progresses.”). But I will make an exception here,
because it is still early in the case and because the
incident at issue is closely related to the existing claims.
also states additional claims against Schwenn based on the
April 15, 2019 incident under the Eighth Amendment standards
I explained in my earlier screening order. His allegation
that Schwenn refused to give him a blanket states a
conditions-of-confinement claim because Cooper says he was
subjected to dangerously cold temperatures as a result, and I
can infer that Schwenn was aware of those temperatures. And
his allegation that Schwenn refused to give him an extra
pillow states a medical care claim because I can infer at
screening that Cooper's GERD was a serious medical need,
that Schwenn was aware of that need, and that she consciously
disregarded that need when she refused to give him the extra
grant Cooper's motion and allow him to proceed on three
additional claims against Schwenn. I will consider Dkt. 1 and
Dkt. 16 to be the operative complaint.
Motions for injunctive relief
has filed two motions seeking immediate intervention by the
court. See Dkt. 10 and Dkt. 13. In the first motion,
Cooper asked me to order Schwenn to (1) provide
“adequate bedding, clothing, hygiene while in clinical
observation”; (2) “stop falsifying Cooper's
health records”; and (3) have “no further
interactions with Cooper.” Dkt. 10, at 1. In the second
motion, he asked me to “force WSPF to issue . . .
inmates a blanket while in clinical observation” to
combat the freezing temperatures. Dkt. 13, at 2. In my
earlier screening order, I denied Cooper's request for an
order directing Schwenn to “stop falsifying
Cooper's health records” and have “no further
interactions with Cooper, ” because Cooper failed to
provide specific facts that supported his need for such
relief. Dkt. 14, at 15. But I ordered defendants to respond
to Cooper's allegation that he was not being provided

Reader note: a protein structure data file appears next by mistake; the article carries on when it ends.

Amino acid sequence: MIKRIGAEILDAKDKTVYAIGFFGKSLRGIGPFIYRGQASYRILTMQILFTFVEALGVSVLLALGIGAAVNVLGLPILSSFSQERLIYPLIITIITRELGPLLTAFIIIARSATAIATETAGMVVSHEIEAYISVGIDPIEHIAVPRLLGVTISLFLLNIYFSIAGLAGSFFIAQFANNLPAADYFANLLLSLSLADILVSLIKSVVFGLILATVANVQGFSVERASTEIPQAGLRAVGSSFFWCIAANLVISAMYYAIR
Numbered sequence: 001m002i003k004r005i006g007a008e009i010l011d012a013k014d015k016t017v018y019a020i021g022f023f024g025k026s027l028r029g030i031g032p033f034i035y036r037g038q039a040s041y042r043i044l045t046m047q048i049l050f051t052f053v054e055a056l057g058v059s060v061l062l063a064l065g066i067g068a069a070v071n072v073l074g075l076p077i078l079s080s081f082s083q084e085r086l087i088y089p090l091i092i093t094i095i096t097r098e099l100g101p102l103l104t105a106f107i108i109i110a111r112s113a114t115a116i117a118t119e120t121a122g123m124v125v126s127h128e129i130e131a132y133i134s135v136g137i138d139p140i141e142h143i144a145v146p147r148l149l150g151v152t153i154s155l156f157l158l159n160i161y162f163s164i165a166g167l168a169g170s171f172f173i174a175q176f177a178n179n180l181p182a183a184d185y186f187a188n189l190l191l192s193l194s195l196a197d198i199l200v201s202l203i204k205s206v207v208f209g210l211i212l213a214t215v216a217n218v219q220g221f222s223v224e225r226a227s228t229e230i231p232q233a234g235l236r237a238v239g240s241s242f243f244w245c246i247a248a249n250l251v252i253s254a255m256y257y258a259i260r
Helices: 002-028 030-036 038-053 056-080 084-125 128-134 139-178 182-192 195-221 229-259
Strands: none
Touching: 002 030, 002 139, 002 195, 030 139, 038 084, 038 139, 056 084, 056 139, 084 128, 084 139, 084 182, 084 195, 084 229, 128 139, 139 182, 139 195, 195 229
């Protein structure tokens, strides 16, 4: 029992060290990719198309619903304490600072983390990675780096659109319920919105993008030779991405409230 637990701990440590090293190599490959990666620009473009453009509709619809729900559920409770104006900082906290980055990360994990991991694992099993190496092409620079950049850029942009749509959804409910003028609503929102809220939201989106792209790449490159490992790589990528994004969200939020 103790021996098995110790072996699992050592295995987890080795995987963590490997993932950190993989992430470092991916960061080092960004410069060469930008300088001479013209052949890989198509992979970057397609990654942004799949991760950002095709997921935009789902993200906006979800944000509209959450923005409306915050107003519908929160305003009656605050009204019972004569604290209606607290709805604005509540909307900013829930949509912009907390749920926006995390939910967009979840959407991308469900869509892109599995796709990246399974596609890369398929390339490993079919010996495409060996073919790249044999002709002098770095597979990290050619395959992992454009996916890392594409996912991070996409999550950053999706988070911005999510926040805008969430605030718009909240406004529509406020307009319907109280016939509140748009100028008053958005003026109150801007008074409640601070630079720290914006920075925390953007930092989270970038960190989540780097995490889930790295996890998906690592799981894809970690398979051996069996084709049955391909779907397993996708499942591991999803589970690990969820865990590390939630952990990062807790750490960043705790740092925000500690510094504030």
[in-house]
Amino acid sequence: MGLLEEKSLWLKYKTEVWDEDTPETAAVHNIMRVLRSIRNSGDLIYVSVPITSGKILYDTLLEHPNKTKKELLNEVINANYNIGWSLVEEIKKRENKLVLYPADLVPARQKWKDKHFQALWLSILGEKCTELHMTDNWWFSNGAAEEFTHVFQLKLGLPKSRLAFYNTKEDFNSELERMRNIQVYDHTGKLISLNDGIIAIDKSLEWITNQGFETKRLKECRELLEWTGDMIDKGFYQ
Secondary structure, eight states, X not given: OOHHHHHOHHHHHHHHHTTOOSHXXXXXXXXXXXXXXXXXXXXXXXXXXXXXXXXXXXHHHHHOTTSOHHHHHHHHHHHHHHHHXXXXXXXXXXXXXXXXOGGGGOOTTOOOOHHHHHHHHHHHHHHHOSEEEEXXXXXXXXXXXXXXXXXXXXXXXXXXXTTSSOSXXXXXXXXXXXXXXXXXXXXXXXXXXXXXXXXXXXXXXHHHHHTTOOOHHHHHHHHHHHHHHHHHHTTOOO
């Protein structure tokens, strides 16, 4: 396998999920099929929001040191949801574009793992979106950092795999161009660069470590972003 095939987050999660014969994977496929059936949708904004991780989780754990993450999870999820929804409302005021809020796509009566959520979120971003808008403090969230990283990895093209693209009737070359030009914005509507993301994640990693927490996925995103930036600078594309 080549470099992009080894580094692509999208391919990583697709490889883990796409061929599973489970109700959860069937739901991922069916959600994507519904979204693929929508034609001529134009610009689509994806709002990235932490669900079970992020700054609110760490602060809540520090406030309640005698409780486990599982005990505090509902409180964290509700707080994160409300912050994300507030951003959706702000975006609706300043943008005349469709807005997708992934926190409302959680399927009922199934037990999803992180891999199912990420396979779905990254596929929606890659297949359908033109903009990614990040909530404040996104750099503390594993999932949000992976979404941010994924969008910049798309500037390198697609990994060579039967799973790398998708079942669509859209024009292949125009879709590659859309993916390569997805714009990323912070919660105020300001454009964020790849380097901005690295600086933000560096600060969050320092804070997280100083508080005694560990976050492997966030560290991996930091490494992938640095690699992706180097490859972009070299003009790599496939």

with hygienic necessities and was enduring freezing
temperatures while in clinical observation. I asked them to
provide an account of what items Cooper is permitted to
retain in clinical observation and, if blankets, clothing,
and hygiene items are disallowed, an explanation why.
have filed a response. Dkt. 20. In it, they summarize the
institution's policies governing what property items an
inmate may have while in clinical observation. Generally,
inmates in clinical observation receive suicide-resistant
clothing (typically a smock or gown), a security mat, bar or
liquid soap, a washcloth, bag meals, toilet paper, health
service request and psychological service request forms, and
a crayon. Cooper didn't identify the dates of the
clinical observation stays in question in his original
motions, but defendants infer from exhibits Cooper attached
to his motions that he was complaining about conditions
during his March and June 2019 observation stays.
See Dkt. 20, at 3 (citing Dkt. 11-1, at 9 and Dkt.
13-3, at 1). Defendants say that Cooper received the property
items that were permitted under the clinical observation
property policy in March and June of 2019, including a
washcloth, soap, and toilet paper.
does not deny this in his reply brief. Instead, he says that
he was denied hygiene items during other stints in clinical
observations in November 2018, December 2018, and April of
2019. (I have already granted Cooper leave to proceed on a
conditions-of-confinement claim based on the December 2018
hygiene-item-denial incident. See Dkt. 14, at
11-12.) Because Cooper did not specifically identify the
dates associated with the allegations he made in his original
motions, defendants did not have an opportunity to respond to
these new, date-specific ...